This talk constitutes a collaborative exchange between photographer Andriko Lozowy and cultural geographer Merle Patchett that engages photography and geographic theory to evoke a more critical and politically meaningful visual engagement with the world’s largest capital oil project.
Since the appearance of Edward Burtynsky’s aerial and abstracted photographic-mappings of the region, capturing the scale of the Oil Sands from ‘on high’ has become the dominant visual imaginary. As a result, the dominant visual culture of Fort McMurray oil production is one of nullification or an erasure of representation.
For the past five years Lozowy has been engaged in a photographic project—entitled Where is Fort McMurray?—which aims to explore and work with this sense of erasure by attempting to capture the shifting (and shifted) landscapes of the Alberta Oil Sands from the roadside.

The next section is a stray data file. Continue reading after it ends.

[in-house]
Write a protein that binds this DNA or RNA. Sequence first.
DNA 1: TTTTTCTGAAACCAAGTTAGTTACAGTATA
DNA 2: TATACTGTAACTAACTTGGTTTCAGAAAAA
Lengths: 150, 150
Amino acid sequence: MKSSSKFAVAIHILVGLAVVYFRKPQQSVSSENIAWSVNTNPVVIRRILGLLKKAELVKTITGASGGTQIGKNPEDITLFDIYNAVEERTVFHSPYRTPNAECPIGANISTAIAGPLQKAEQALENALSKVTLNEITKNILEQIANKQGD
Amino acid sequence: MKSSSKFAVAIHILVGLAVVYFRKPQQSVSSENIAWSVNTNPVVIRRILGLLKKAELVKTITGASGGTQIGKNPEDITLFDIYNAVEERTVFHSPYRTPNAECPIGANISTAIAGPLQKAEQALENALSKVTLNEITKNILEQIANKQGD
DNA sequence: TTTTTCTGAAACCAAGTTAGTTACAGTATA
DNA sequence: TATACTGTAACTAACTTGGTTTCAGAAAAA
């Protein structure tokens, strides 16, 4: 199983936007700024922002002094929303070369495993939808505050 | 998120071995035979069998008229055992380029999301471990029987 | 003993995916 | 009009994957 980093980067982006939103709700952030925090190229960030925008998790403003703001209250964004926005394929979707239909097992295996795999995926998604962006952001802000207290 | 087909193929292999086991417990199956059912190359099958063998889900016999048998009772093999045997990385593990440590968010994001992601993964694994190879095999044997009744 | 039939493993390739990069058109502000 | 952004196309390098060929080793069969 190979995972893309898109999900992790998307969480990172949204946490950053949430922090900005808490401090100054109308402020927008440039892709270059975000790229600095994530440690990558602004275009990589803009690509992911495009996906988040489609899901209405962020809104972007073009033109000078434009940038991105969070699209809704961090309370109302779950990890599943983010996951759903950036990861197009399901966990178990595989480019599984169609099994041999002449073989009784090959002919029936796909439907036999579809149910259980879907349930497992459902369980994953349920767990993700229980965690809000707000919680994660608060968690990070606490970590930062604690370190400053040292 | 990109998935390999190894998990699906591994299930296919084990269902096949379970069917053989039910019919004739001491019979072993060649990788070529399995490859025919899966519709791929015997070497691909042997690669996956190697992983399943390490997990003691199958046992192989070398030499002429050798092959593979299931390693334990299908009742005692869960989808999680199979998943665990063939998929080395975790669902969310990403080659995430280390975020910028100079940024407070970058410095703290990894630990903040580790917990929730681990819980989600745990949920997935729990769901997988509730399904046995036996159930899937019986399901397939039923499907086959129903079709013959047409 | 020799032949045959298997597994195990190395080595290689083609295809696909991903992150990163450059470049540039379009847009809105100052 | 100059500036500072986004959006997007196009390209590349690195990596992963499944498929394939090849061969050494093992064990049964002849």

For the purposes of this talk Patchett and Lozowy have curated a set of Lozowy’s photographs to present an alternative, on-the-ground, view of Oil Sands production sites. By enacting a roadside tour of the Oil Sands through Lozowy's images we will explore the disruptive potential of the image and the capacity of photography to both neutralize and energize political engagement with the Canadian Oil Sands.